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Tuesday, November 16, 2021

What's Up by LeRoy Cook

Last week had it all.  Warm days, cold mornings, thunderstorms, 40-mph crosswinds, even a few snow showers—Missouri weather is predictably unpredictable when it comes to operating airplanes. We’ve had a nice autumn season, with the “killin’ frost” delayed more than two weeks past the average date, and ample good days for flying. Just stay flexible and don’t fight Mother Nature.
The log of transient traffic varied with the conditions, but even with the groundings we had quite a few airplanes pass through. A Cessna Skyhawk was in bearing customers for Koehn’s Bakery, a Cessna Skylane showed up with a skydive participant, a Beech Bonanza V35 practiced the RNAV 36 instrument approach and a Piper Cherokee trainer arrived.  Local acts of aviation were committed by Jim Ferguson in his Cessna 182, Jeremie Platt in his Grumman Tiger, Instructor Eric Eastland in the Cessna 150 trainer and jumpmaster Chris Hall, taking the Beech King E90 up for the final skydives of the 2021 season. 
The winds aloft on Sunday were blowing at 80 knots out of the northwest, said jump-plane pilot Chris Hall. Exiting into that blast at 15,000 feet, parachutists encountered extended tracking to reach the landing zone, even though ground winds were only 10 knots or so. On the jump run, groundspeed readout on the GPS was less than 40 knots. Oddly enough, the temperature up there was 10 degrees above standard-day reading. It would have been a good day to head for Atlanta, not so much to Omaha. 
Last week, the Federal Aviation Administration announced committee meetings to begin a Proposed Rule Making that would change all references in the aviation regulations to more “inclusive” language. Evidently, a few users of the FARs just aren’t comfortable with masculine-based nonspecific terms like “his” and “he” when referring to an aforementioned “the pilot” or “the operator,” even though everyone understands that the rules apply to persons of either, or even a non-specific, gender. How much money is going to be spent to cure a problem that the vast majority of rule-readers don’t believe exists? A far simpler solution would be to add a line in the rulebook’s introduction that states “all references to an individual in these rules shall apply equally to all sexes.” It’s not worth reprinting everything in committee-agreed language.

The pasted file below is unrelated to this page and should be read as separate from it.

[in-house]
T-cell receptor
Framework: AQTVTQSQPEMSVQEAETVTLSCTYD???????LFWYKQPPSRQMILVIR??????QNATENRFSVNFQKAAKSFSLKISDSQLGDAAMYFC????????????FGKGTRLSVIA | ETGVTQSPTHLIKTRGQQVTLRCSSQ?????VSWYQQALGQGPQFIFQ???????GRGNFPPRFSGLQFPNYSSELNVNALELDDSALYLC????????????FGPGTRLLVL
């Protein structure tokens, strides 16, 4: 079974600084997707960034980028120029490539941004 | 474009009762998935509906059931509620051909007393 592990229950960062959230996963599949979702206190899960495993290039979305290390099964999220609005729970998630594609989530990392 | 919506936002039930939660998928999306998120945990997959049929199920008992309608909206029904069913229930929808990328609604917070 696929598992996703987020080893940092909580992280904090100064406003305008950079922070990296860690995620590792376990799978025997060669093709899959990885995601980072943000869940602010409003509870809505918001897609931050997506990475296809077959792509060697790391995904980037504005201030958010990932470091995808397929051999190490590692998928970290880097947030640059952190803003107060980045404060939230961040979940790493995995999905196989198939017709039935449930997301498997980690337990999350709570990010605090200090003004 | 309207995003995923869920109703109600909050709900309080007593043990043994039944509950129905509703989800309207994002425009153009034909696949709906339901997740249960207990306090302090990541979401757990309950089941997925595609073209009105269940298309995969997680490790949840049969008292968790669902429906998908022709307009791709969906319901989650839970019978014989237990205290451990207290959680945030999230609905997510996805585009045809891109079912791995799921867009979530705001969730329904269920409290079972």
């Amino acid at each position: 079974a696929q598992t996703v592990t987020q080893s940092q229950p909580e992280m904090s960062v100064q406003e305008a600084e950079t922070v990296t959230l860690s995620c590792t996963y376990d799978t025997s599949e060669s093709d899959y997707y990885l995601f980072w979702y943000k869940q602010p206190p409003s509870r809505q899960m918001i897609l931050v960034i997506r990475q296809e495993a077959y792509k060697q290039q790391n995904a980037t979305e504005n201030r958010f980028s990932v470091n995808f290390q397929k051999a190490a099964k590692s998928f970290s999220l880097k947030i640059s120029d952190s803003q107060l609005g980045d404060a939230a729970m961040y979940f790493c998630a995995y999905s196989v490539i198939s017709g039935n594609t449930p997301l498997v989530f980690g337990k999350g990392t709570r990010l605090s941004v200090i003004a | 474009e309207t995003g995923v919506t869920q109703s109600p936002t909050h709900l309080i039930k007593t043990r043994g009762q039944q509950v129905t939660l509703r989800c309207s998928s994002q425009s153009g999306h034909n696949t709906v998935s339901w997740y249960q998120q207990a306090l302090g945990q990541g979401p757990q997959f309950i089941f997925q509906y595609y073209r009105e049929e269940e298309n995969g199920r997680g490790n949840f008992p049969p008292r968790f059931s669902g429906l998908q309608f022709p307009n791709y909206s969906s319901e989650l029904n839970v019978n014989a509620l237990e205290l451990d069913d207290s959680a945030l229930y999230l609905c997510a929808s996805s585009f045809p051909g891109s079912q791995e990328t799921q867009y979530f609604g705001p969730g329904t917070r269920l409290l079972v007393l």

Poor old Southwest Airlines can’t seem to catch a break, when it comes to belligerent passengers. On Friday, a fare boarding in Dallas for a trip to La Guardia became hostile with a flight attendant, was being escorted off the flight by a gate agent, and then struck the agent with her fist, hard enough to require medical attention. This is after a broken-nose incident last week and dozens of other cases in just this month. What does it take to get these mask-crazed boozed-up animals’ attention? If you’re gonna fly on an airliner, you gotta follow the rules. That means sit down, shut up and do what you’re told. I am of an age that remembers when flying somewhere meant you dressed up in your Sunday best, chatted politely with your seatmate and thanked the crew for their service. The miracle of being transported in armchair comfort at 8/10th the speed of sound ought to be humbling enough.
In last week’s column, we asked “who was Chicago’s O’Hare airport named for?” Reader Rodney Rom  didn’t have to Goggle it up; he’s actually been to the O’Hare terminal and read the plaque. Butch O’Hare was a Chicago war hero from WW-II, who lost his life flying off carriers in the South Pacific, for which the old Orchard Field was renamed “O’Hare International.” But the airport’s ICAO code is still ORD. For next time, does anyone know the frequency on which the Distance Measuring Equipment signal is broadcast by the Butler VORTAC station? No, it’s not 115.9 mHz.  You can send your answer to

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